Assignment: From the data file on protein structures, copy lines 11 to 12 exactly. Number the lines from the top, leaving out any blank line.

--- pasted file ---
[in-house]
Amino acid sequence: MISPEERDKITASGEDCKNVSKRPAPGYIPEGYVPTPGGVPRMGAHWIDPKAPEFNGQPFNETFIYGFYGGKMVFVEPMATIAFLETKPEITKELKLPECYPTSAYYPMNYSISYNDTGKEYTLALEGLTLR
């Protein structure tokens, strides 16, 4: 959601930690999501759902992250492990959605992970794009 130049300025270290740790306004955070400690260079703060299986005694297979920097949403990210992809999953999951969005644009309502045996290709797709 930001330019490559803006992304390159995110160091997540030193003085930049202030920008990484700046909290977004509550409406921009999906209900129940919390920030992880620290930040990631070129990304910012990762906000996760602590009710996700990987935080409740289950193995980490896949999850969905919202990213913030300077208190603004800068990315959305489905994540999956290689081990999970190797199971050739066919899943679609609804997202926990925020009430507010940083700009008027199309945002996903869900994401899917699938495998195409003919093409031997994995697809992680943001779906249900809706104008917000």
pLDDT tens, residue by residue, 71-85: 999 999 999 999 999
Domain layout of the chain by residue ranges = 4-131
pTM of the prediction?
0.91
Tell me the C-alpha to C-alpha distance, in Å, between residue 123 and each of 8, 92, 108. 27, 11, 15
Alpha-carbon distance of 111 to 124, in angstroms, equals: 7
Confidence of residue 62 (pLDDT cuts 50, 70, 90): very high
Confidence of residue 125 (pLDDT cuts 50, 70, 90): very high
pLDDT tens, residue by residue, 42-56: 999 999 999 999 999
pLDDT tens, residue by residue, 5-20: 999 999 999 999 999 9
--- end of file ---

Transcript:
Confidence of residue 125 (pLDDT cuts 50, 70, 90): very high
pLDDT tens, residue by residue, 42-56: 999 999 999 999 999